When it comes to dampening the effects of the sequester Washington could not find common ground on cancer patients, disabled veterans, and seniors facing travel hardship. But rich frequent flyers? No problem. Somehow the cool saucer of the Senate that can not seem to ever get anything done from guns to immigration sprang in to action – TARP style – to make sure their jet setting constituents/donors would not have to wait.
The Senate passed a bill on Thursday evening to end air traffic controller furloughs caused by the automatic spending cuts known as the sequester that have been blamed for mounting flight delays across the country.
The passage of the bill, sponsored by Sen. Susan Collins (R-Maine), capped a day of scrambling that saw lawmakers alternate between trying to pass a quick legislative fix for the air traffic controllers’ furloughs and point fingers at each other for the flight delays they caused.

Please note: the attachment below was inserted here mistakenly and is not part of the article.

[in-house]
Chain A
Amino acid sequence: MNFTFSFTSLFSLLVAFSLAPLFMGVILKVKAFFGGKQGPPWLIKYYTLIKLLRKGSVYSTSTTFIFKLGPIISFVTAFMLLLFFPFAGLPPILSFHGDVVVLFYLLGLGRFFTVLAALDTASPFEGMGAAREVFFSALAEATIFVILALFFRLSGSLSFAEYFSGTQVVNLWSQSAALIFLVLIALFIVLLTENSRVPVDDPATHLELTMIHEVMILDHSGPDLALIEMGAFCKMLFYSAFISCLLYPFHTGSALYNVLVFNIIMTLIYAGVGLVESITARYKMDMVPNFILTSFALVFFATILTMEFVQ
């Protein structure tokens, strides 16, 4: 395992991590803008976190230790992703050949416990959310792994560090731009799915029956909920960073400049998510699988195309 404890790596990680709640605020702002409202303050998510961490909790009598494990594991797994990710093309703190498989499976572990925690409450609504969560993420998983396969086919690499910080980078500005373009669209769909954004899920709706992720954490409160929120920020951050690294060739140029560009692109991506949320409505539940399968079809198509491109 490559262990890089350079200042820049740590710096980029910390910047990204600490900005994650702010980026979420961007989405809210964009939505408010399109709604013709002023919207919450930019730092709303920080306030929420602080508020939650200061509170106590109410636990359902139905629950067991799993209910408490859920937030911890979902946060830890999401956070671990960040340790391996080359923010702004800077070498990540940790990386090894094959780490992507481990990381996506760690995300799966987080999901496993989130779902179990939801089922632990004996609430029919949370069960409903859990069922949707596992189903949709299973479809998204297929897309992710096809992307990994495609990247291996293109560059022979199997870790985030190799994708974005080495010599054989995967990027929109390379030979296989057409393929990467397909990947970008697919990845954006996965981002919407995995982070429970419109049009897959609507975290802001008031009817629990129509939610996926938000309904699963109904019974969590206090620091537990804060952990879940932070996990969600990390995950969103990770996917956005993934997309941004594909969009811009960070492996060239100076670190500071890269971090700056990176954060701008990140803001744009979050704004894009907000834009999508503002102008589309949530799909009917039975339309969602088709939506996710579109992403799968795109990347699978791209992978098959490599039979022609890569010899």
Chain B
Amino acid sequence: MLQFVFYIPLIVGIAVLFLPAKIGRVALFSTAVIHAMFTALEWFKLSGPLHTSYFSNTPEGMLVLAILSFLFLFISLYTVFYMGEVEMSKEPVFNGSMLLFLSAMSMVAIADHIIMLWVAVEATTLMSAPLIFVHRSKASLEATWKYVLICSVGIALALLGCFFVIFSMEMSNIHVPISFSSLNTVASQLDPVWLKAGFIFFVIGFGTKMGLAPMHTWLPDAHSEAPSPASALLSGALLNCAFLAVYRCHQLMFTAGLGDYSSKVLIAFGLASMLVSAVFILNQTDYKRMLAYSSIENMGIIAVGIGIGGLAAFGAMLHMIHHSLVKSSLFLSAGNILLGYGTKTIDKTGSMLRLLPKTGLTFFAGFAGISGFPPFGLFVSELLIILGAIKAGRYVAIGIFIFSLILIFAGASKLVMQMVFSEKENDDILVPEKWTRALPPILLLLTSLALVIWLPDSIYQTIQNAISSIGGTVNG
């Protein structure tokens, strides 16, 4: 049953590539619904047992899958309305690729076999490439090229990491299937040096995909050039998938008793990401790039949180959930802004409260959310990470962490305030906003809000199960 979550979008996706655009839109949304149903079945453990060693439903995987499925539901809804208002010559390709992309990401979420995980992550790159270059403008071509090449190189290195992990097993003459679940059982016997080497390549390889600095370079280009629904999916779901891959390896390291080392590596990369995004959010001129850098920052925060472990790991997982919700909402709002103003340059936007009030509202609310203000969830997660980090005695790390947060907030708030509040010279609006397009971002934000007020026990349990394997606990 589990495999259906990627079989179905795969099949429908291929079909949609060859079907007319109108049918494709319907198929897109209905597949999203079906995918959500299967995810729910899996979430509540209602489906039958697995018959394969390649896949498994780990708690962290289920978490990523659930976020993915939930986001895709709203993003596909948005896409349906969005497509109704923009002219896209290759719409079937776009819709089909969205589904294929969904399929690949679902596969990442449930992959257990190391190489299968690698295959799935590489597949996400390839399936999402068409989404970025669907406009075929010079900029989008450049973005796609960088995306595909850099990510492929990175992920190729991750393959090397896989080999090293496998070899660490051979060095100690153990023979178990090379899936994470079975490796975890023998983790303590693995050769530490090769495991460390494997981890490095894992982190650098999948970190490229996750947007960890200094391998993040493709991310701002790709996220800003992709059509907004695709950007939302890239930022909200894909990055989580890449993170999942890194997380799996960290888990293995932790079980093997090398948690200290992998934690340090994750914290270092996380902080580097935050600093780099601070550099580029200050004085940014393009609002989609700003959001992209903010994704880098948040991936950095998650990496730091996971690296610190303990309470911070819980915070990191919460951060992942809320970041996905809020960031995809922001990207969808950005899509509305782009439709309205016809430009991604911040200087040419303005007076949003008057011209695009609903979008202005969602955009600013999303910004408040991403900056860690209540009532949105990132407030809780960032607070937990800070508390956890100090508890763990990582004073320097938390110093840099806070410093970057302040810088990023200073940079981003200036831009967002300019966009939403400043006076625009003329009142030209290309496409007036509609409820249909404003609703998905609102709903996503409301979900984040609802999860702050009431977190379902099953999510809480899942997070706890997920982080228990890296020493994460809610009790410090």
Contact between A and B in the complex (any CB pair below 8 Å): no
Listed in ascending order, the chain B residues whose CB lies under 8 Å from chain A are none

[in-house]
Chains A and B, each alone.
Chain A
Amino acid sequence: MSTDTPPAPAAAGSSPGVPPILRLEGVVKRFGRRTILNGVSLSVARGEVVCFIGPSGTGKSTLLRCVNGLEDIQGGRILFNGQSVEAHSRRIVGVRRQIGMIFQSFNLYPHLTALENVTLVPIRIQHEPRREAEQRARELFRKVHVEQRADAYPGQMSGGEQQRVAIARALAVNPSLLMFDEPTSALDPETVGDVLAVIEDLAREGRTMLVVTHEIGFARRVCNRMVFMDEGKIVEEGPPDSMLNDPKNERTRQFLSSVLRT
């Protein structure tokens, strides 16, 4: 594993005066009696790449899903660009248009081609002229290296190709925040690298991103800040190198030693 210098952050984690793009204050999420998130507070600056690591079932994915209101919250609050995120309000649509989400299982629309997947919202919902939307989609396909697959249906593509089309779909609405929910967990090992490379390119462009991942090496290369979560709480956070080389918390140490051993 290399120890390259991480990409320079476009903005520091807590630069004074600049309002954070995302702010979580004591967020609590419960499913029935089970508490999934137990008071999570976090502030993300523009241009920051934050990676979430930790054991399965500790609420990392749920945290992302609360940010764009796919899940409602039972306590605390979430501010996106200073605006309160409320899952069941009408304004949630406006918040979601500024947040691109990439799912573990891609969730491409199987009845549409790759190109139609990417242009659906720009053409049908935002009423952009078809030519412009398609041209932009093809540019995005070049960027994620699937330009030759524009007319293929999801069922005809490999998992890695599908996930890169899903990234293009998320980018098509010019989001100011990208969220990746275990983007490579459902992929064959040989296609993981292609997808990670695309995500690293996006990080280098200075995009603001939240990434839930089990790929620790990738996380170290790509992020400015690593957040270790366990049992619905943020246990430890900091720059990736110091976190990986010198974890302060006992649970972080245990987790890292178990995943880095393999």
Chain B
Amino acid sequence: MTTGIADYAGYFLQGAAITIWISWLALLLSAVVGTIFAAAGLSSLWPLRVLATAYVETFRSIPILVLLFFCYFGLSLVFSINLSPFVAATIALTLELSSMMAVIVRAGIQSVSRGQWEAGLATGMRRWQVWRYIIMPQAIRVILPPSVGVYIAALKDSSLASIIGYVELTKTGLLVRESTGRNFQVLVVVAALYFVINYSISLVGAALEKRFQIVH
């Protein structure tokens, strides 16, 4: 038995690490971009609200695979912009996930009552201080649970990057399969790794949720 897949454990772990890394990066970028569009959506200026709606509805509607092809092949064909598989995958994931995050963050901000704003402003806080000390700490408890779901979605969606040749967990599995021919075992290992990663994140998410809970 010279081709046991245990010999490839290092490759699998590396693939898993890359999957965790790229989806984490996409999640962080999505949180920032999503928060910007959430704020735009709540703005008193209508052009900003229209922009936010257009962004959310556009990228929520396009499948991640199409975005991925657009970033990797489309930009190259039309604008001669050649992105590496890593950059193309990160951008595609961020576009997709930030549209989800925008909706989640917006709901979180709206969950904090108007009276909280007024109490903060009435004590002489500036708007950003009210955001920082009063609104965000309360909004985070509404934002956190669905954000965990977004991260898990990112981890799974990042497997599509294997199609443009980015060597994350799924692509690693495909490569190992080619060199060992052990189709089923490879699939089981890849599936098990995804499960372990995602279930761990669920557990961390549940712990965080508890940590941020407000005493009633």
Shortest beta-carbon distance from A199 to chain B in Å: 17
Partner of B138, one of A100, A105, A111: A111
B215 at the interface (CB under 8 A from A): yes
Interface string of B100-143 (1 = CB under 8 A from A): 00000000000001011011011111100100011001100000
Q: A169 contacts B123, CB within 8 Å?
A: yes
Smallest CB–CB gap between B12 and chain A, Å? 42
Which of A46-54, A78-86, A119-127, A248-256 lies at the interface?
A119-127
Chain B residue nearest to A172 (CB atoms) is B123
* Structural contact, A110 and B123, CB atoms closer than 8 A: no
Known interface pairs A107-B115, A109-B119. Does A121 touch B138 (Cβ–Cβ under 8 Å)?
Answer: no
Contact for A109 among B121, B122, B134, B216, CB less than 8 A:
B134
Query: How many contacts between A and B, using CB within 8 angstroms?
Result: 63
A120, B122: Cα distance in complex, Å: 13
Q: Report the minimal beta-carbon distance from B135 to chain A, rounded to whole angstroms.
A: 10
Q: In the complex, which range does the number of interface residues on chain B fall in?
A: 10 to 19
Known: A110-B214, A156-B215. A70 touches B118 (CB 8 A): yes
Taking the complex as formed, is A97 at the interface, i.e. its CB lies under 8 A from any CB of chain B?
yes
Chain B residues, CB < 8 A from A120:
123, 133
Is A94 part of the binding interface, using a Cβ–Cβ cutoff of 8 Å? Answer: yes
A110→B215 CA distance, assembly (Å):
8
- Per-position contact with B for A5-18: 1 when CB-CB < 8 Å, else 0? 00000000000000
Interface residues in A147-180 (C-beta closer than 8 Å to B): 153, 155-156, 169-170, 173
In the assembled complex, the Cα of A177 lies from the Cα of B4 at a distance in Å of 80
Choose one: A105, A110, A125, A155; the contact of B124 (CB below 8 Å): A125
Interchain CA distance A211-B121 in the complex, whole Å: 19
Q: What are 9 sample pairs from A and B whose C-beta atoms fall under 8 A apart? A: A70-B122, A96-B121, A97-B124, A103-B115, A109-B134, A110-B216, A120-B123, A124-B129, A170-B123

The rich can not be inconvenienced.
The lurch toward a legislative fix to the mounting flight delays came as airlines reported Thursday that 16,000 people had sent comments to Congress and the Obama administration calling for a resolution to the air traffic controller furloughs
Wow, 16,000 comments from the public. That’s all it usually takes to break a deadlock in the Senate.
Washington’s real constituency are the rich campaign donor class who are not hurt by most of the consequences of the sequester, so it can go on. But the minute the rich feel the pinch suddenly the most dysfunctional slow moving institution in government, the U.S. Senate, can not work fast enough to solve the problem. It’s the best democracy money can buy.
Photo by Wo St under Creative Commons license